D. N. Rodowick


    LONG BEFORE HIS DEATH this past summer at the age of seventy, Harun Farocki had come to occupy a unique place in the history of postwar cinema, his films irreconcilable with either the narrative or the documentary tradition. Among the greatest artists to have arisen from the New German Cinema of the 1960s and ’70s, he remains, nonetheless, one of its least known. In hopes of casting light on Farocki’s crucial and unremitting interrogation of the image and of the ethics of seeing, Artforum invited scholar D. N. Rodowick to reflect on this singular filmmaker’s contribution to contemporary culture.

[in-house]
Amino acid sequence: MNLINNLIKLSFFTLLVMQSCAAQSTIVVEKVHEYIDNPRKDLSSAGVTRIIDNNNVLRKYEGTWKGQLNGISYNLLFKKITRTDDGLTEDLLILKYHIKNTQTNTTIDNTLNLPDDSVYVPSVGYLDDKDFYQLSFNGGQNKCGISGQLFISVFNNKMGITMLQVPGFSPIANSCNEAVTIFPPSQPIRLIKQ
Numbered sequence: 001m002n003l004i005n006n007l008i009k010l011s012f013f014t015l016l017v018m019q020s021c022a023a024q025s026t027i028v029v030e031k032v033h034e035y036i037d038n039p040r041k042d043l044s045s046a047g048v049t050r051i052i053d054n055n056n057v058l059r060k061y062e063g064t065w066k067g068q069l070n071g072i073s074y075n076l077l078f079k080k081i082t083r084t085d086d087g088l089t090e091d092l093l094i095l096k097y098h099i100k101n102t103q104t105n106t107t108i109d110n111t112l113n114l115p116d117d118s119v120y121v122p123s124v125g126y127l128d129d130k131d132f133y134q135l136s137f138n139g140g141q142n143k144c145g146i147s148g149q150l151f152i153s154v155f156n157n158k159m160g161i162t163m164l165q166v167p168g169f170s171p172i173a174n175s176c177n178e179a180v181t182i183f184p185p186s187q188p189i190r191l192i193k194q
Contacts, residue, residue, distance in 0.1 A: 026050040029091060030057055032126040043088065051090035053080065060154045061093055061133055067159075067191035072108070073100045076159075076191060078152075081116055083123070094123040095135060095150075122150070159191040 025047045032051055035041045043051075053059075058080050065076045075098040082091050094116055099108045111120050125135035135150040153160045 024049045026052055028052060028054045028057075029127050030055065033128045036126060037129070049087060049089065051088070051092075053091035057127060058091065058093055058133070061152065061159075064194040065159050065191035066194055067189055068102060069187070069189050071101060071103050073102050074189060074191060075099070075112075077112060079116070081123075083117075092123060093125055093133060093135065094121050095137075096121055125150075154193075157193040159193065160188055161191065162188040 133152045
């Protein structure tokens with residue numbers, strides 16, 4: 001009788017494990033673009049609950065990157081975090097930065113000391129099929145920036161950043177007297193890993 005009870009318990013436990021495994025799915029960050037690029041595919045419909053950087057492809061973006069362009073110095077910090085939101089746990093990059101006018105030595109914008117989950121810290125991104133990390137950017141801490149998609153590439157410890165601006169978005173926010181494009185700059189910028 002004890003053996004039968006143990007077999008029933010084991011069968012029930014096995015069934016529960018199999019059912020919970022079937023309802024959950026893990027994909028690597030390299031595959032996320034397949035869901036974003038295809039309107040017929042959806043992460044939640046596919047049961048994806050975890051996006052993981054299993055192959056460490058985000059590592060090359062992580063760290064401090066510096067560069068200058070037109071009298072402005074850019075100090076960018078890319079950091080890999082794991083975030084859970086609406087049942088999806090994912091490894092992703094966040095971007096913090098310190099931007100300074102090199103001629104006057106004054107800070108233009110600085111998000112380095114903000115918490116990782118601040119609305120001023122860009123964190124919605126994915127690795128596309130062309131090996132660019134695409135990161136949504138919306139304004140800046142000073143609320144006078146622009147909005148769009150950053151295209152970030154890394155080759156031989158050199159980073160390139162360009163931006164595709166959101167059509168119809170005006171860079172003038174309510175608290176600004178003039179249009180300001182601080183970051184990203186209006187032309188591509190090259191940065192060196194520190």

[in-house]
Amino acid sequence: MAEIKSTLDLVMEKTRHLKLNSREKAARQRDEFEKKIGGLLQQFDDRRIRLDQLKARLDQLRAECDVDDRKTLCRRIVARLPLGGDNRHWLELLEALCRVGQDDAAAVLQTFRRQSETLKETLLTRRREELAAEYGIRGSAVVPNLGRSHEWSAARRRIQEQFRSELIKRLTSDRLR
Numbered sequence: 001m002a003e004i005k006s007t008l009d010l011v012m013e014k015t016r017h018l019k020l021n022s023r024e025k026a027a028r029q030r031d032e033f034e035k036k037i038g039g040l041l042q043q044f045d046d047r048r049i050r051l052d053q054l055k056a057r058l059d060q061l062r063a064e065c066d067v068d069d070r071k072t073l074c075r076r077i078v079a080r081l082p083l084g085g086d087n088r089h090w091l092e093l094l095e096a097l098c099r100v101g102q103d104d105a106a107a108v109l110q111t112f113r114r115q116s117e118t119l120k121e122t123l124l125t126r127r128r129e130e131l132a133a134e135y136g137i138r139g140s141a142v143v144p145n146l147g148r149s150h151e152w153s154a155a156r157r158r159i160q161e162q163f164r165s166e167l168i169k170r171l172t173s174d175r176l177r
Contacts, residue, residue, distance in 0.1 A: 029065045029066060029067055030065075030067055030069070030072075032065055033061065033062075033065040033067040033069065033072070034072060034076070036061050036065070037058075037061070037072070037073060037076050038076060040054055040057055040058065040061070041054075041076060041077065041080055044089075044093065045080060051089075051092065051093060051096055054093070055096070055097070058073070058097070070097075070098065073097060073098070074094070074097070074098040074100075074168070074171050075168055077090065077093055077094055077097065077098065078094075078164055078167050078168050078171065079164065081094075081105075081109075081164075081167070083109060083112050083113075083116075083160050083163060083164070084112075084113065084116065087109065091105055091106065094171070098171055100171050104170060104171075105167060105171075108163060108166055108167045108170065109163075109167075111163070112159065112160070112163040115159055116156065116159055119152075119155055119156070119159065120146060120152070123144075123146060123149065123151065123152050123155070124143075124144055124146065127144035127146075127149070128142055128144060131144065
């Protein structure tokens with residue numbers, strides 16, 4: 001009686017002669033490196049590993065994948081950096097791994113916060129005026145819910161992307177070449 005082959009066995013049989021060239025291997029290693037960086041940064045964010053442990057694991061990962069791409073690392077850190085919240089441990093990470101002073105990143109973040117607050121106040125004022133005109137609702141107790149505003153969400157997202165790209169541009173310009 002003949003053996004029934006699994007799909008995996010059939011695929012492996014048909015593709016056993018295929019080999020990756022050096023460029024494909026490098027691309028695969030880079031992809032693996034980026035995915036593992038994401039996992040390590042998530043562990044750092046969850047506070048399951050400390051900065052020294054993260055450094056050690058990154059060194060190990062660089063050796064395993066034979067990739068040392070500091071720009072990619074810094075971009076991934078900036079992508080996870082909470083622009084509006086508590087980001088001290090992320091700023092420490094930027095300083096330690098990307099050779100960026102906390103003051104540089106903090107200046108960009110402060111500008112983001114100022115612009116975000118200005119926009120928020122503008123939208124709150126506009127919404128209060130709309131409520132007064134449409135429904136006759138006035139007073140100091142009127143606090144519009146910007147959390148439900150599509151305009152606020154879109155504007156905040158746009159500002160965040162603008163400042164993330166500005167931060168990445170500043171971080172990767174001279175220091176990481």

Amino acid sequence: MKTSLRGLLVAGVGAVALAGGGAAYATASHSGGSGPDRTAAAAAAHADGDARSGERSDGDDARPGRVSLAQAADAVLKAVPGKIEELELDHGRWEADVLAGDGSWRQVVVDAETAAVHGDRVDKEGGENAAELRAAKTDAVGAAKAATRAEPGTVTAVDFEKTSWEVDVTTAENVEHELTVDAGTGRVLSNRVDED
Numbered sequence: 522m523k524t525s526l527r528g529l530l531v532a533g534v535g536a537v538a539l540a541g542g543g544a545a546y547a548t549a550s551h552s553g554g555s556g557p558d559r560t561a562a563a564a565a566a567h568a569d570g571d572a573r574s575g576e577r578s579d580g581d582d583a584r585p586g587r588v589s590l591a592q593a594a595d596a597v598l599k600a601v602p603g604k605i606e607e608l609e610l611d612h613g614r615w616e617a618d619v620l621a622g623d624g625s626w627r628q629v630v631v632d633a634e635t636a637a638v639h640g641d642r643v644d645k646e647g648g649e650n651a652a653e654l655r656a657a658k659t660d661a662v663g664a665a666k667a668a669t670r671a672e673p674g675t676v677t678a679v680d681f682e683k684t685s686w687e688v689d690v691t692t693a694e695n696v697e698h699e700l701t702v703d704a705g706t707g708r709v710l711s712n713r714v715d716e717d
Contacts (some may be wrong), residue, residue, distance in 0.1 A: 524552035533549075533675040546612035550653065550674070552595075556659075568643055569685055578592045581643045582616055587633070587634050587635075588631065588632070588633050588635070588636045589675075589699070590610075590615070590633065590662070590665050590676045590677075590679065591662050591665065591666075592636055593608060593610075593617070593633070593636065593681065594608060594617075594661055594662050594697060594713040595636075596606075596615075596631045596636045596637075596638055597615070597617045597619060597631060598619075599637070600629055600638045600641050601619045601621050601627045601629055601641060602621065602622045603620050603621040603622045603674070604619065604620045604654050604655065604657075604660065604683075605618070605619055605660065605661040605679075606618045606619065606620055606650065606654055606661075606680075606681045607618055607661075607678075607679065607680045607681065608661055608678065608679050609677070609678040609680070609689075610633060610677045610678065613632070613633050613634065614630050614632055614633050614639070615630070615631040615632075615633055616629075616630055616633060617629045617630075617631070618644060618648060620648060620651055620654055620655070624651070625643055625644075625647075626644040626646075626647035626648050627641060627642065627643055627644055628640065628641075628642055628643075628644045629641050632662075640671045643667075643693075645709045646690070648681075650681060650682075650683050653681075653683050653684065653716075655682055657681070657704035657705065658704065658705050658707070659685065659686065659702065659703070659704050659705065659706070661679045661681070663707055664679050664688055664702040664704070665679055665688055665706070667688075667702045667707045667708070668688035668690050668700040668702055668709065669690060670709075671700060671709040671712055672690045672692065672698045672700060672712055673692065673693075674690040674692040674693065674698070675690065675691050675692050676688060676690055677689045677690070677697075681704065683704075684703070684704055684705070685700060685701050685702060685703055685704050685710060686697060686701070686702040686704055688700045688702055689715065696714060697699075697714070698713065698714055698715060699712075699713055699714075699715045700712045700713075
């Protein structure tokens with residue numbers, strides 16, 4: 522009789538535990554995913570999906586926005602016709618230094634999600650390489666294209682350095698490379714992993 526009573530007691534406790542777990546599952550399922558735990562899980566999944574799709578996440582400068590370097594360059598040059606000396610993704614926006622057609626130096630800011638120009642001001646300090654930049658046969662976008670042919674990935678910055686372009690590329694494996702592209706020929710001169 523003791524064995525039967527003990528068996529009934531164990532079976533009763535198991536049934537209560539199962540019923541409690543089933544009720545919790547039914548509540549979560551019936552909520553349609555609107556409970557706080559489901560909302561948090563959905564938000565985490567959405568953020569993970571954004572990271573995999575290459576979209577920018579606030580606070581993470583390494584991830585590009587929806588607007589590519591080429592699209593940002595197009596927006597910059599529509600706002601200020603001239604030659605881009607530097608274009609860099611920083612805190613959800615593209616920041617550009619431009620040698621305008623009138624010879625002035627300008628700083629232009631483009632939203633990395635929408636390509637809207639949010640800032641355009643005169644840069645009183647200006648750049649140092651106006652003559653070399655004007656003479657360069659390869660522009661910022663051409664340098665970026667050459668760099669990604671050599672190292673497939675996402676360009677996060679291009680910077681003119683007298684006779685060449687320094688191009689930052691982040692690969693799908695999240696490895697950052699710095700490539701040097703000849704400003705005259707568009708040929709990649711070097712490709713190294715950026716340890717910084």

IT WAS A WARM SUMMER NIGHT in Berlin when the unthinkable happened—we ran out of beer. The occasion was an informal dinner to introduce Harun Farocki and his wife, Antje Ehmann, to friends who run a gallery in the city. It is a testament to Farocki’s generosity and grace, and to his belief that no significant moment should go unrecorded, that he allowed me to make a short film on the spot, Harun, who only drinks beer, has a glass of wine (2011). Inasmuch as history runs in rhythms that are as uneven as they are contingent and unpredictable, something Farocki also believed, how could we have